[PROVISIONAL TRANSLATION FROM PERSIAN]
[Translator’s notes appear in square brackets]
[Personal information has been redacted.]
26 August 2011
The Honorable Kamran Daneshjoo
Minister of Science, Research, and Technology
Islamic Republic of Iran
On 6 June 2011, the Iranian Student News Agency announced that the Ministry of Science, Research, and Technology had declared the Bahá’í Institute for Higher Education (BIHE) to be illegal. This declaration was made some days after raids by government agents on the homes of around thirty Bahá’ís associated with BIHE and the imprisonment of a number of these individuals.
As you are aware, immediately following the Islamic revolution, in contravention of the laws in force at the time, Bahá’í students were expelled from your nation’s universities and Bahá’í professors and lecturers dismissed from their positions. The government was insistent upon the enforcement of this injustice. Efforts to explore possible solutions with officials proved futile. By the late 1980s, it became clear that Bahá’ís could not enroll in university without denying their faith and that the government would not rectify this situation. Under these conditions, it was clearly impossible to establish a formal university for Bahá’ís; to seek a permit to do so in the face of overt government hostility would have been a fruitless, if not reckless, provocation. Consequently, the community made informal arrangements to use the volunteer services of dismissed professors to teach Bahá’í youth.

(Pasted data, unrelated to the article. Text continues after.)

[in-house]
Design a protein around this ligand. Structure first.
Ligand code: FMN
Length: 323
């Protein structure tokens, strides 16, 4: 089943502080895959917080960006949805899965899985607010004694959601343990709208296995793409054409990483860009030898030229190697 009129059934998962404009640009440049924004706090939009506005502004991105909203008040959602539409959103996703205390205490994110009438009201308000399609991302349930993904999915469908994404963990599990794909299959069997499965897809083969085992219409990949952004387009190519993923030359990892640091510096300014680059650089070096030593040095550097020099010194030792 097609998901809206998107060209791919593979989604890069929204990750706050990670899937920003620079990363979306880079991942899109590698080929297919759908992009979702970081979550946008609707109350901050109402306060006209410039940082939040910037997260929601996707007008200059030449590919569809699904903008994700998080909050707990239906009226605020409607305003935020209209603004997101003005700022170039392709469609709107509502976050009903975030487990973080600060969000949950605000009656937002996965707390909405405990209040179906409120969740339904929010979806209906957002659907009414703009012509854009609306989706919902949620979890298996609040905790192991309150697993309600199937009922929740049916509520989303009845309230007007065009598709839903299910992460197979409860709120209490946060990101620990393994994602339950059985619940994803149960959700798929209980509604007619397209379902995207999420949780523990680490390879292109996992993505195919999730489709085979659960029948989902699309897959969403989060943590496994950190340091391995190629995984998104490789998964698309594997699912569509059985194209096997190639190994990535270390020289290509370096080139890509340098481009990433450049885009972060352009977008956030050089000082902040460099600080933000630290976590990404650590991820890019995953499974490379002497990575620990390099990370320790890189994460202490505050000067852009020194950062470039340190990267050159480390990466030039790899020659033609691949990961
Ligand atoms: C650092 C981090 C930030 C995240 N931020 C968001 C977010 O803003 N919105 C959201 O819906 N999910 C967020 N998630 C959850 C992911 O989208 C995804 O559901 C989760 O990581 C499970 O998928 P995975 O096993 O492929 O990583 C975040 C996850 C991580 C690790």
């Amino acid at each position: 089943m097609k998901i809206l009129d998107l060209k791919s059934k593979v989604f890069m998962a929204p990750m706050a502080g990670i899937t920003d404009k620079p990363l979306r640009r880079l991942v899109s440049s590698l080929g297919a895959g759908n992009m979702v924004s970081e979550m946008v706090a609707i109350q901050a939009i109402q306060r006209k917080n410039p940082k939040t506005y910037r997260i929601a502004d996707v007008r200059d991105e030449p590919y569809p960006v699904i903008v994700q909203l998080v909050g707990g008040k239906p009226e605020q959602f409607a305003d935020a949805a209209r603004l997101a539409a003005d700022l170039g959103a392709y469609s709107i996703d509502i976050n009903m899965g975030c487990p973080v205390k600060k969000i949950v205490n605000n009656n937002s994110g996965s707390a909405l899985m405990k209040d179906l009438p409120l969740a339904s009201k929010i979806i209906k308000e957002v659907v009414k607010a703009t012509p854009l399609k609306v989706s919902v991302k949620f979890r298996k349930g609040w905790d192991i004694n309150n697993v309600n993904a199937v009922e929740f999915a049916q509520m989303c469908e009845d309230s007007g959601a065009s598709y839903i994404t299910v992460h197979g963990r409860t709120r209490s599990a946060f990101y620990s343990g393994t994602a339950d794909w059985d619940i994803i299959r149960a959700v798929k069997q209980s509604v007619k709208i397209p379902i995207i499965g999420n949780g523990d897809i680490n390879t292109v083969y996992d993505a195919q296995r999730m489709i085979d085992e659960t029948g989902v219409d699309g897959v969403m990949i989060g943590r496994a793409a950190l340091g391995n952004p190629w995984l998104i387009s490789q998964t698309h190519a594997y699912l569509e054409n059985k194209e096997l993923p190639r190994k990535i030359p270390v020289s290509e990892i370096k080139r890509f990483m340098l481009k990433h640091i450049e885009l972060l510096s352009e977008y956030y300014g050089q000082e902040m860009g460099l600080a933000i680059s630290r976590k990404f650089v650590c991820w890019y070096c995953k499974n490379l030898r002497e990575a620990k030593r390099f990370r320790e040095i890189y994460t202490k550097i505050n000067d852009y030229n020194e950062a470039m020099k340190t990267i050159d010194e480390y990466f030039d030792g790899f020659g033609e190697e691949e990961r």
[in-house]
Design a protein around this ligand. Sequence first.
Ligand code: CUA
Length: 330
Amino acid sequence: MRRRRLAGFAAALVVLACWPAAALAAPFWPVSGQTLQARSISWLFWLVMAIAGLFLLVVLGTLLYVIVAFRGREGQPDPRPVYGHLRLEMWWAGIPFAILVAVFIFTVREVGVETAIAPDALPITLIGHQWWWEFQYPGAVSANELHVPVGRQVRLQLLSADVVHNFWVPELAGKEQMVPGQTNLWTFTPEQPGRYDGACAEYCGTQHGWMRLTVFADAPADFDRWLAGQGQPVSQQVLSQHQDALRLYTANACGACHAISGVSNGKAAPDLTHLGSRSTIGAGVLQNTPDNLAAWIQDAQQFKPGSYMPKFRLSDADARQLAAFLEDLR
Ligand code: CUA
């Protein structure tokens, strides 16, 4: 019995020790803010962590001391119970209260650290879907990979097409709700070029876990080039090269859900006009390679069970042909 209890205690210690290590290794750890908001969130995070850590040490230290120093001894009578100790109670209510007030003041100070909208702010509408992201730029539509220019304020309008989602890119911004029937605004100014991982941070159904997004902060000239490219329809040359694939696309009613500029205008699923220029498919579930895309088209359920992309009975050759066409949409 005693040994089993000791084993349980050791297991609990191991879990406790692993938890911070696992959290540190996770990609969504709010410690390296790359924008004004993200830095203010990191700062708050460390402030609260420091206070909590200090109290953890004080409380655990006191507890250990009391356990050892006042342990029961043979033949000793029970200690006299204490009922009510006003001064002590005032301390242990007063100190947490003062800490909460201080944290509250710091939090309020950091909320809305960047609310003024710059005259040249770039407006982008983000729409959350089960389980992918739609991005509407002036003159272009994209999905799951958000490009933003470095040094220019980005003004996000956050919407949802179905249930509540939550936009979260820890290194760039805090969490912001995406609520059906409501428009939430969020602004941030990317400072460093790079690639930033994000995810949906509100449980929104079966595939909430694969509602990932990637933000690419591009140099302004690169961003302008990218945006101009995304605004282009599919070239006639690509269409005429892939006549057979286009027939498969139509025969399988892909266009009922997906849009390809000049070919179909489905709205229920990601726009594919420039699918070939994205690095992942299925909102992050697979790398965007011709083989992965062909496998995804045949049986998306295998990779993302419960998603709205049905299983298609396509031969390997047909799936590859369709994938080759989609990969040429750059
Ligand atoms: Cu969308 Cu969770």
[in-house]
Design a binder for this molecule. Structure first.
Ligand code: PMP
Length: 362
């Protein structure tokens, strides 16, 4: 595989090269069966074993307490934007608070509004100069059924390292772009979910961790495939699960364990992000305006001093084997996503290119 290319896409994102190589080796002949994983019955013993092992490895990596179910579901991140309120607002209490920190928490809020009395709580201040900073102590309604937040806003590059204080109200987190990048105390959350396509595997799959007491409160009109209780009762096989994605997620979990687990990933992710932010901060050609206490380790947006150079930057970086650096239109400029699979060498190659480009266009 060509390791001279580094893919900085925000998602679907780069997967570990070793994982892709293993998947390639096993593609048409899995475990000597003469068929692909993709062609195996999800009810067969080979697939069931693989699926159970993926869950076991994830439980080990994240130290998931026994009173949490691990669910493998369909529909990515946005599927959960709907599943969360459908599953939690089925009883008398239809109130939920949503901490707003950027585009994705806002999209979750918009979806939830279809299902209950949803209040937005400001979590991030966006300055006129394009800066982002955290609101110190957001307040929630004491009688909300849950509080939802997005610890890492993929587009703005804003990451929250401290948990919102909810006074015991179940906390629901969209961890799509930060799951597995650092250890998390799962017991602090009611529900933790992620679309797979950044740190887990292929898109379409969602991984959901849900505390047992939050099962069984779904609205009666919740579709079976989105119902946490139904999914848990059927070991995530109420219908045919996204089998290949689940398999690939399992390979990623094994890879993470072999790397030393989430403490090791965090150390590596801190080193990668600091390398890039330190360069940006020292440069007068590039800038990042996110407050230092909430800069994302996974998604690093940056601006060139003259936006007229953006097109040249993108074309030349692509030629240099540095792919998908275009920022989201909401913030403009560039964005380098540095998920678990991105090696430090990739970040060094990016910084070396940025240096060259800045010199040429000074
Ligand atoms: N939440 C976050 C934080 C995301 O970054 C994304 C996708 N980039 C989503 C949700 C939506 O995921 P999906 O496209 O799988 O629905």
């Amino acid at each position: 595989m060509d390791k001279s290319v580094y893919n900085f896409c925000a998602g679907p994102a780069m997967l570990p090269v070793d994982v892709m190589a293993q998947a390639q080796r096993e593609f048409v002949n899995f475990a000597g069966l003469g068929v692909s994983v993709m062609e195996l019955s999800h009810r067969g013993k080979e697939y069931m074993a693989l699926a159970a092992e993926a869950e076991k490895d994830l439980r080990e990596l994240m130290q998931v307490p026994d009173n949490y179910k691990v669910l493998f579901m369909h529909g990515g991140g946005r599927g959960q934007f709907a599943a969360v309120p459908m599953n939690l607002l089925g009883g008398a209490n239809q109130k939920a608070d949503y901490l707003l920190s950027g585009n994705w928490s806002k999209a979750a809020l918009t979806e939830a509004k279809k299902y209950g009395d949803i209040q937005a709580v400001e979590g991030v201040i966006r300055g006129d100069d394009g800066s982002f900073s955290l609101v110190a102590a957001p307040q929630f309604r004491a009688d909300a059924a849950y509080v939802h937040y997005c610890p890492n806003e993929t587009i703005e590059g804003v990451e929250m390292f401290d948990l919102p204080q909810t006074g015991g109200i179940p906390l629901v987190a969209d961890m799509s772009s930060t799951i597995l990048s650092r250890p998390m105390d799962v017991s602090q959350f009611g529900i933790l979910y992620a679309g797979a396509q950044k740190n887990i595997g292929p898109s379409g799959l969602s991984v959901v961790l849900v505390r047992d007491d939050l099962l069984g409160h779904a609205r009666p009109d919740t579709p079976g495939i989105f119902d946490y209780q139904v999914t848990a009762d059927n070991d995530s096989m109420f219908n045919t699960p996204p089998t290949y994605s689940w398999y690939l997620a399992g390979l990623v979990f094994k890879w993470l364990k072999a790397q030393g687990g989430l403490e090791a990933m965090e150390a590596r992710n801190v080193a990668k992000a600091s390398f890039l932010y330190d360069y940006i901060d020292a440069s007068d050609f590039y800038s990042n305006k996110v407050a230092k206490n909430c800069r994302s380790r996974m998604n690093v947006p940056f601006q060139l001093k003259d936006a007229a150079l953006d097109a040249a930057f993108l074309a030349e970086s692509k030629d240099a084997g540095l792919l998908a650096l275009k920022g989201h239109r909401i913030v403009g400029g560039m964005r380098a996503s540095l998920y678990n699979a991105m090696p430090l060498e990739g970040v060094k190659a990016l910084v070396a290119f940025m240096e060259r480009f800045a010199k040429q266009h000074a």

As with any other program that benefits from organization and coordination, this undertaking was gradually systematized. It was later referred to as the Bahá’í Institute for Higher Education. While the Bahá’í community did not publicize this initiative at that time, nonetheless over the years others in Iran and abroad learned about this endeavor and volunteered to assist with it. Because the community was determined to meet the needs of every young person, arrangements became somewhat elaborate. However, the initiative remained an internal activity of the community. Its pursuits were limited to youth within the Bahá’í community, and it was not involved in educating the members of the general public. Most often, classes were held in Bahá’í homes. Participation was voluntary and the benefit to the students was limited. They did not expect to receive an official degree, nor was anyone promised any other benefit, such as enhanced prospects of employment. The aim was to nurture the intellectual faculties of youth so as to prepare them for service to their society. This activity of the Bahá’í community is comparable to home education or private tutoring arranged by parents when children are unable to attend public schools. Were not such efforts well known in the past among Iranians who have always cherished and valued learning?